“It’s not a case that we cannot do it and I passionately believe we can make massive inroads, but we have to stop looking at cherrypicking the sweetspots and really start focusing on how we get everyone into this zero emission arena.”

Industry-wide cooperation required

Chandler said fleets are best placed to lead the transition to electrification, and called for industry-wide partnerships between leasing companies, major fleets, vehicle manufacturers and charge point operators to accelerate mass adoption of EVs and hit government emissions targets.

“We are getting some of our largest customers together who want to go electric and we are going to look at where their vehicles are operating and where geographically they have problems with charging so we can provide data back to other people within the industry so we can start to build the right network in the right place to support mass adoption,” he said.

“And we are working with manufacturers and giving them ideas of the sort of volumes we might require so we can secure supply of the very best ultra-low and zero emission vehicles.”

Barriers to uptake for 5,000-vehicle fleet

With 5,000 vehicles operating in London, private hire and chauffeur drive firm Addison Lee fits the profile perfectly of a large fleet that wants to go electric, but has not been able to for practical reasons, despite making a corporate commitment for its fleet to be zero emission capable by 2022.

Catherine Hutt: Addison Lee's 5,000 vehicles in London will be zero emission capable by 2022.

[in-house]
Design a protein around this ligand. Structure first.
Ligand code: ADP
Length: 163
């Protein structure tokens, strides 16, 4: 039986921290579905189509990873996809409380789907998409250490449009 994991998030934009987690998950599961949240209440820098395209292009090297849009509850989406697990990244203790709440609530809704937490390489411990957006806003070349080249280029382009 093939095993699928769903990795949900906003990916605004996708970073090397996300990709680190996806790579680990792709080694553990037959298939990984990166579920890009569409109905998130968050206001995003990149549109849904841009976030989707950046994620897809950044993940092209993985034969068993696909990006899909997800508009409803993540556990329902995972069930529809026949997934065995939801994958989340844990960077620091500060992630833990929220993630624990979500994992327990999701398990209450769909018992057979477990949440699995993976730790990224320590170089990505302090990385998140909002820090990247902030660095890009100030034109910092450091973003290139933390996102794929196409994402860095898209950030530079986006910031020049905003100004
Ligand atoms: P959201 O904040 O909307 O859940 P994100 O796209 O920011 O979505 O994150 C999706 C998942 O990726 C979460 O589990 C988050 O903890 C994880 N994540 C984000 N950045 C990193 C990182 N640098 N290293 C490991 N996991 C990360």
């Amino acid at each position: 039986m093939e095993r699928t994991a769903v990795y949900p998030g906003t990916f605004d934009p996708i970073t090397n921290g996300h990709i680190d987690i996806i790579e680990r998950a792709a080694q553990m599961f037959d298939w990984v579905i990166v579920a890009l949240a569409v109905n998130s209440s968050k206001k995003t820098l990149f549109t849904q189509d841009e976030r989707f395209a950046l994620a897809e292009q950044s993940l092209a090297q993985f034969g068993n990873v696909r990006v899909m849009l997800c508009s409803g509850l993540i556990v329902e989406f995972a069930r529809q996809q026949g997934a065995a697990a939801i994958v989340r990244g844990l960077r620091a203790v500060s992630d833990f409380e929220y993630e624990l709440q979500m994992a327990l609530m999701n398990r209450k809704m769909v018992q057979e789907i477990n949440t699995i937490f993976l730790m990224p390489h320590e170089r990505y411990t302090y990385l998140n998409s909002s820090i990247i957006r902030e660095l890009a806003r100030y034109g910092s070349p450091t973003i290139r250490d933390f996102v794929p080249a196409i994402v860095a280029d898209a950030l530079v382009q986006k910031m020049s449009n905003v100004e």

“There are two factors that have held us back,” said Catherine Hutt, Mobility Innovation Lead, Addison Lee Group. “One is vehicle availability; we are offering a premium service and we need the right tool for the job. The second is charging infrastructure; it’s good enough for us to operate a small scale pilot but there are still some challenges to overcome before we can roll this out at scale.”

A study carried out by Addison Lee two years ago calculated that London required over 8,500 rapid chargers just to support its taxi and private hire fleets, a total that dwarfed the city’s current plans to install 300 rapid chargers by 2020.

She said fleets are ideally placed to lead the mass adoption of electric vehicles, and not simply because of the immediate scale they can offer. With a total cost of ownership mindset, fleets can overlook the higher acquisition costs of EVs if the wholelife costs are lower than internal combustion models. Fleets also understand their vehicle movements, and so can identify the proportion of vehicles that could switch to electricity immediately.

“We could make a change very quickly and coupled with our three-year replacement cycle, it means we can bring in the new technologies when they come to market, which is beneficial in the short-term. And it also accelerates the secondhand market because those vehicles are released into the secondhand market very swiftly. We really want to work with OEMs and many other partners to make this work at scale.”

Authored by: Jonathan Manning